BMW Group announced that the auto giant has begun small-scale production of the iX5, touted by the company as the world’s first “sports activity vehicle” powered by hydrogen fuel cells. The model features a number of components produced at BMW’s Additive Manufacturing (AM) Campus.
BMW currently plans for this initial, limited production run to be completed by next spring, at which point the iX5 will be released in “selected regions”: not for sale or lease, but solely as a “test fleet” intended for exhibition of the underlying technology. Although, for now, its final production will take place at BMW’s Munich Research and Innovation Center (FIZ), the iX5 is nonetheless the result of a decidedly global supply chain: BMW Group Plant Spartanburg (South Carolina) manufactures the base vehicles, whose design is derived from the platform of the X5.
Currently, there are still only two commercially available vehicles powered by hydrogen fuel cells, the Toyota Mirai and the Hyundai Nexo. Nevertheless, BMW is one of the most longstanding proponents of hydrogen-powered vehicles, having released two hydrogen concept cars — the 7-Series in the early 2000s, and 2015’s BMW 5-Series GT Hydrogen — prior to its work on the iX5.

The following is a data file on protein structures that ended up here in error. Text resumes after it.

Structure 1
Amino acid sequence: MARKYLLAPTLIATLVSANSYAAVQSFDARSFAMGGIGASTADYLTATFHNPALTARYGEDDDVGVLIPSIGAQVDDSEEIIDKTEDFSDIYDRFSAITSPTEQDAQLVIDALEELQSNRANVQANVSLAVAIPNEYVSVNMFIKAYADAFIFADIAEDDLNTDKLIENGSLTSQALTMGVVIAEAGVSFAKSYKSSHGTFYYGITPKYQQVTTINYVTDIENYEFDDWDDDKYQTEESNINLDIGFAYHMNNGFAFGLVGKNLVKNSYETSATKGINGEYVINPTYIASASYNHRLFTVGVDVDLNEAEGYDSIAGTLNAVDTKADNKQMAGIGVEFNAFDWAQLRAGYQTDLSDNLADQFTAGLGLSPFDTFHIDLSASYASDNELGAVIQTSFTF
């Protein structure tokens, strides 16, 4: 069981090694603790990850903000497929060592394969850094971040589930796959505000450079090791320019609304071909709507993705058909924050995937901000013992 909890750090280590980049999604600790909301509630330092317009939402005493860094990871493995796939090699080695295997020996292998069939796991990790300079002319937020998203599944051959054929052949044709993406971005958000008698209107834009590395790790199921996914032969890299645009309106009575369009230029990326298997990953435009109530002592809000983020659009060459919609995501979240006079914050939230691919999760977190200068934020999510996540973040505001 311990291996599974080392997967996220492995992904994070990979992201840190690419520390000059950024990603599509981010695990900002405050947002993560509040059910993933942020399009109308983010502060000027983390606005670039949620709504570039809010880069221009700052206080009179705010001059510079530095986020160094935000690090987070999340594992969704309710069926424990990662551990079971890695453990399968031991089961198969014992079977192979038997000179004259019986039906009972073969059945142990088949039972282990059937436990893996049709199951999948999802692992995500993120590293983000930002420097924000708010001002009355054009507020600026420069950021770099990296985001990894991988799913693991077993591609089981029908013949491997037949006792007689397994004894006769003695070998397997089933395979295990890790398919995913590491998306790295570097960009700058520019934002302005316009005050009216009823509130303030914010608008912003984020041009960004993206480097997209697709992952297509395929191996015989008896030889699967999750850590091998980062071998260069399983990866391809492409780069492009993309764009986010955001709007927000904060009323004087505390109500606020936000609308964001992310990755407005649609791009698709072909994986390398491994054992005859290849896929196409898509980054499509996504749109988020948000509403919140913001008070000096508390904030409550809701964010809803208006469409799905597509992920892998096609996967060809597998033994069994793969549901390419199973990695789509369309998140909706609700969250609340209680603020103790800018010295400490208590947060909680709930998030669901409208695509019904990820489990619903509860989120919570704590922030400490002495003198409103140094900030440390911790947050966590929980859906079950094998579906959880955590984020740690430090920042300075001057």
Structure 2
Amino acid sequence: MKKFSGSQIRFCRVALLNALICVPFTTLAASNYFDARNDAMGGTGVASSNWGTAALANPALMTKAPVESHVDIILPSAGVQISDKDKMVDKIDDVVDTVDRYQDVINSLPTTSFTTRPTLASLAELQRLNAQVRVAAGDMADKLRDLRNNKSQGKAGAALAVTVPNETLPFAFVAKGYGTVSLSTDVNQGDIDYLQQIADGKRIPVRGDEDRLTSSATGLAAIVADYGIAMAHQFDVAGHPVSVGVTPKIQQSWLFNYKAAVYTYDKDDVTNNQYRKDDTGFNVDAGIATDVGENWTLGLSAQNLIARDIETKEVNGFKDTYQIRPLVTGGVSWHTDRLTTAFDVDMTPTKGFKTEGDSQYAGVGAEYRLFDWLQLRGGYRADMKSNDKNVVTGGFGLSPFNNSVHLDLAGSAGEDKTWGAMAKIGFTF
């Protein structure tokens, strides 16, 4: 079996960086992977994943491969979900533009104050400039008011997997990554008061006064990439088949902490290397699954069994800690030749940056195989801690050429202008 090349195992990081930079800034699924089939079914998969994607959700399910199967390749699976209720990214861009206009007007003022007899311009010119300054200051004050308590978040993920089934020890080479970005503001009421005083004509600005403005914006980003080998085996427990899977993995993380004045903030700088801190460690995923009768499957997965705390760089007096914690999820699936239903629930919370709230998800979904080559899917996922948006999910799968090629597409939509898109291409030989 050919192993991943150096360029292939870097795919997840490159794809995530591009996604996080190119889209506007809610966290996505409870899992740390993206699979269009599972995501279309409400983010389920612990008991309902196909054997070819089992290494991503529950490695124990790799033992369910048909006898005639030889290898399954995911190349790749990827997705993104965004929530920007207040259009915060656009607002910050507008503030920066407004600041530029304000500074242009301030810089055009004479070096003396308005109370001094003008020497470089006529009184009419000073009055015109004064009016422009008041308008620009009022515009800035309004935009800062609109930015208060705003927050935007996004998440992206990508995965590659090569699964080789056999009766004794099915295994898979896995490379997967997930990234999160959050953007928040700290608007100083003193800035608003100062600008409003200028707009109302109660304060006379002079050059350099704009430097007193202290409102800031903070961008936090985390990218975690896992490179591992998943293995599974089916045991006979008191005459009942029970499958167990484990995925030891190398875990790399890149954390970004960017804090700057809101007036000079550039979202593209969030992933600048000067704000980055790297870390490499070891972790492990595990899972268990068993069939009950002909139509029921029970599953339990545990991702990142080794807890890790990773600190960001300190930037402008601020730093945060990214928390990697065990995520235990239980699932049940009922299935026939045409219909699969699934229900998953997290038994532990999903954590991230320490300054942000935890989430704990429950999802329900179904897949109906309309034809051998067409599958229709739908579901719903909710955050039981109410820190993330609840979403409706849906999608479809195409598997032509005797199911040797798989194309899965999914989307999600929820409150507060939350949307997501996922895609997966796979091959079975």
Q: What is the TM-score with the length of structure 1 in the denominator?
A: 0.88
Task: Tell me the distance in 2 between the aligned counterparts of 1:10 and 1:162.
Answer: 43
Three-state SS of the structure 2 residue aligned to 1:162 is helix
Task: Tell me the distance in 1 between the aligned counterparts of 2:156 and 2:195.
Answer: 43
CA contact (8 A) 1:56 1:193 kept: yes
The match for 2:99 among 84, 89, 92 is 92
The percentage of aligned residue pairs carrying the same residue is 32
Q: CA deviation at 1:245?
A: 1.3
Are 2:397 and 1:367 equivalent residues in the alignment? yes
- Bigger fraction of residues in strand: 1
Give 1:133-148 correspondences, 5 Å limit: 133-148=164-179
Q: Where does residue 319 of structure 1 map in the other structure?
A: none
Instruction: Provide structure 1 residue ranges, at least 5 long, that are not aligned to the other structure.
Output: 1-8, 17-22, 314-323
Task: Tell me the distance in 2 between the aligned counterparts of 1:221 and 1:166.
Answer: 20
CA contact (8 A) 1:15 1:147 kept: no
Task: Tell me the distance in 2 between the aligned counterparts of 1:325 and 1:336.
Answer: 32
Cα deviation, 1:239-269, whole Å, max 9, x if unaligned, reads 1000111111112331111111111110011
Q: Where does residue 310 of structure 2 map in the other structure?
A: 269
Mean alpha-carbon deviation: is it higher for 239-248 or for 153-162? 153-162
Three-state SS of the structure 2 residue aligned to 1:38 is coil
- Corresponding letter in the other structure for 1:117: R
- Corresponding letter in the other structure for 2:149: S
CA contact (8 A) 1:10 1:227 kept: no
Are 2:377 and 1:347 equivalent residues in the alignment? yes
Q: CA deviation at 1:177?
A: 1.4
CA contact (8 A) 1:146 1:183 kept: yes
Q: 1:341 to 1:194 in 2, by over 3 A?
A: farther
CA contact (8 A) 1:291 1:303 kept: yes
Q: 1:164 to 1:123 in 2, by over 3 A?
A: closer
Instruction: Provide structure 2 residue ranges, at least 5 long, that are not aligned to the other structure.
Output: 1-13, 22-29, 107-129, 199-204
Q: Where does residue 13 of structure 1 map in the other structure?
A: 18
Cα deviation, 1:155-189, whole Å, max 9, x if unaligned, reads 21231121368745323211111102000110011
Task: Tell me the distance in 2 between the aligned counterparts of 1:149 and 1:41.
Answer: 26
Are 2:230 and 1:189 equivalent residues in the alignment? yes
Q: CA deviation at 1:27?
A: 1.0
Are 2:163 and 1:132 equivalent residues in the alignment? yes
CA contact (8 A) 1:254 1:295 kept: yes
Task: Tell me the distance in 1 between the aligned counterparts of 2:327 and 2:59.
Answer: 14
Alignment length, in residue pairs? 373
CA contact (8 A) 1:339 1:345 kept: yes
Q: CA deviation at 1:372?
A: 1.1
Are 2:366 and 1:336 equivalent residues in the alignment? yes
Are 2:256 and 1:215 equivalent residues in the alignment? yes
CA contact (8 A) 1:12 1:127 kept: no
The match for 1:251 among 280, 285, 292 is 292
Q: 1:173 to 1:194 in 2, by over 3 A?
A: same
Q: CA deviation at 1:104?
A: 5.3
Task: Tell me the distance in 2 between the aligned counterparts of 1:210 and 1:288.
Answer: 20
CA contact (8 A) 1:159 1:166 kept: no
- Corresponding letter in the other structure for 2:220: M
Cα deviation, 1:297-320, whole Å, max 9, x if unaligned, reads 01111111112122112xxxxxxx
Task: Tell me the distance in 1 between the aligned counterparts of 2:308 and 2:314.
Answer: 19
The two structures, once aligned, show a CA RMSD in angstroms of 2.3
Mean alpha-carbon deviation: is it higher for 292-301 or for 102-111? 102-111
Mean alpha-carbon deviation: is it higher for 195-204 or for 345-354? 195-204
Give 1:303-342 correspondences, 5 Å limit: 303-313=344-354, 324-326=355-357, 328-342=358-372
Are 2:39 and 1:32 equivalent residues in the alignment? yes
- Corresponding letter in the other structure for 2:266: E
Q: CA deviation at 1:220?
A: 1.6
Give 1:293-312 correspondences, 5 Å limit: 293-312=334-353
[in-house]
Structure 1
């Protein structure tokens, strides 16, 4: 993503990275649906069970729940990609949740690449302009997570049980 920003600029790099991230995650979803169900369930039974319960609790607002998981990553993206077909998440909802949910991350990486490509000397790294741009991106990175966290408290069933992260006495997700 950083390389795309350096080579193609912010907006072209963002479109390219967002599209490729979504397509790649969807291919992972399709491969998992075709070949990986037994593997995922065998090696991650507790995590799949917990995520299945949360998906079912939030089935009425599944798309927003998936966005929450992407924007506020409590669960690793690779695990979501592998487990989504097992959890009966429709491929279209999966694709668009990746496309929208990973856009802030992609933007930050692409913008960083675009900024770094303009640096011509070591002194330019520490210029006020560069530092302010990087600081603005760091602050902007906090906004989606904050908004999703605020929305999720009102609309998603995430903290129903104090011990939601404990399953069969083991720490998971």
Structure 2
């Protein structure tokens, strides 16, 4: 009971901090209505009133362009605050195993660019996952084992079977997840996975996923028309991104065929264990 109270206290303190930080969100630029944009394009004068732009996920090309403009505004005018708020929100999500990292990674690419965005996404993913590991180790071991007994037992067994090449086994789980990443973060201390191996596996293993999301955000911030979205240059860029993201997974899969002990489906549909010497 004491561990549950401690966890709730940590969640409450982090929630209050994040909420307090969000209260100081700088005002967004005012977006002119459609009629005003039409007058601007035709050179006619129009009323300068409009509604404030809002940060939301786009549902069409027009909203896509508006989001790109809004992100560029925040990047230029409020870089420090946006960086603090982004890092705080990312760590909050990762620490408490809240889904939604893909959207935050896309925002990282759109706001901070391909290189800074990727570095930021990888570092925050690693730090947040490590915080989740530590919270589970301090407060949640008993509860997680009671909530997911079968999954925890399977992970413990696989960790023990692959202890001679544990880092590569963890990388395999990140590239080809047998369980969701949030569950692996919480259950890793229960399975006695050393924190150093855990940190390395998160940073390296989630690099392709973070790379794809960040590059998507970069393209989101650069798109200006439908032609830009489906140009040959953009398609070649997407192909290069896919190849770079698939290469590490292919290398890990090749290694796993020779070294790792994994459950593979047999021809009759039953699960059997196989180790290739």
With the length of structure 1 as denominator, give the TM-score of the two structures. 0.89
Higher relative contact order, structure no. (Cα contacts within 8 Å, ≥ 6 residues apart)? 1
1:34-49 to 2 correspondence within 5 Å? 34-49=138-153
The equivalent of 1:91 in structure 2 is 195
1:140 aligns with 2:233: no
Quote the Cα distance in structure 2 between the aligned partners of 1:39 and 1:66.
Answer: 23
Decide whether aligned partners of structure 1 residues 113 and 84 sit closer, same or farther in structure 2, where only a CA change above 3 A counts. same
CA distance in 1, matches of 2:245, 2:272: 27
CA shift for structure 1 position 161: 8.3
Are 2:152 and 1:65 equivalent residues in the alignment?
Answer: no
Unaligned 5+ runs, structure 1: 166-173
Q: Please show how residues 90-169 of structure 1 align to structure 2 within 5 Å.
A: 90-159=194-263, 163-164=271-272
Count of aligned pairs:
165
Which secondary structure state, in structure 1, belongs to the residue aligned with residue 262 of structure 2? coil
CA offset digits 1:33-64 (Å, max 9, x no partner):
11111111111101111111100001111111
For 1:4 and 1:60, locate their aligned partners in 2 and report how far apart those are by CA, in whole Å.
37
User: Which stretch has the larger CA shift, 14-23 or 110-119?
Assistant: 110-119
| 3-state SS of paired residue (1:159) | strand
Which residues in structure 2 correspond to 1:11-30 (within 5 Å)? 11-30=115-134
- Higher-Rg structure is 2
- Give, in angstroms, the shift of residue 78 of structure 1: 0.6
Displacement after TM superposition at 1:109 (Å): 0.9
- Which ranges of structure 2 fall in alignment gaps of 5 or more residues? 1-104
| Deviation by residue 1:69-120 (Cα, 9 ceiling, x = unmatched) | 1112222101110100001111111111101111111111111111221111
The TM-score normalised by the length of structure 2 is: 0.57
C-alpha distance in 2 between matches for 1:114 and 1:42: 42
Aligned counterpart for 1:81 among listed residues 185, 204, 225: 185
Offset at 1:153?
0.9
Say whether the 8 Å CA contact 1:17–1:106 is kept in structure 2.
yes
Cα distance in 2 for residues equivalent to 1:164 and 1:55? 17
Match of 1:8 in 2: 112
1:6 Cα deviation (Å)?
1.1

Moreover, BMW and Toyota announced earlier this year that they have entered into a partnership for developing the technology for hydrogen vehicles, and BMW sources the fuel cells for the fuel cell stack used in the iX5 from Toyota. The Japanese powerhouse has also been increasingly public about its longstanding support for AM this year. Thus, it doesn’t seem like a stretch to say that, beyond jointly developing new technologies, BMW and Toyota are also collaborating on the advanced manufacturing supply chains that would need to be deployed, in order for those technologies to be scaled up.
This is precisely the context in which AM has the most significant role to play, for the automotive sector in particular, and for heavy industries, in general. These industries have historically only been profitable to the extent that they leverage their creation of and control over unrivaled economies-of-scale.
With that in mind, a company like BMW truly cannot afford to risk failure on mass-produced output at this point in its history. To have any realistic hope for success on a gambit like hydrogen vehicles, the only viable strategy is a series of limited production runs, with output capacity built up a little bit at a time in response to market demand. Additionally, that has to be done in a way that doesn’t interfere with its existing mass production assembly lines. Owing to this complicated combination of variables, only AM-centered, next generation manufacturing techniques support BMW’s ability to strike the delicate balance required for its hydrogen investments to pay off.
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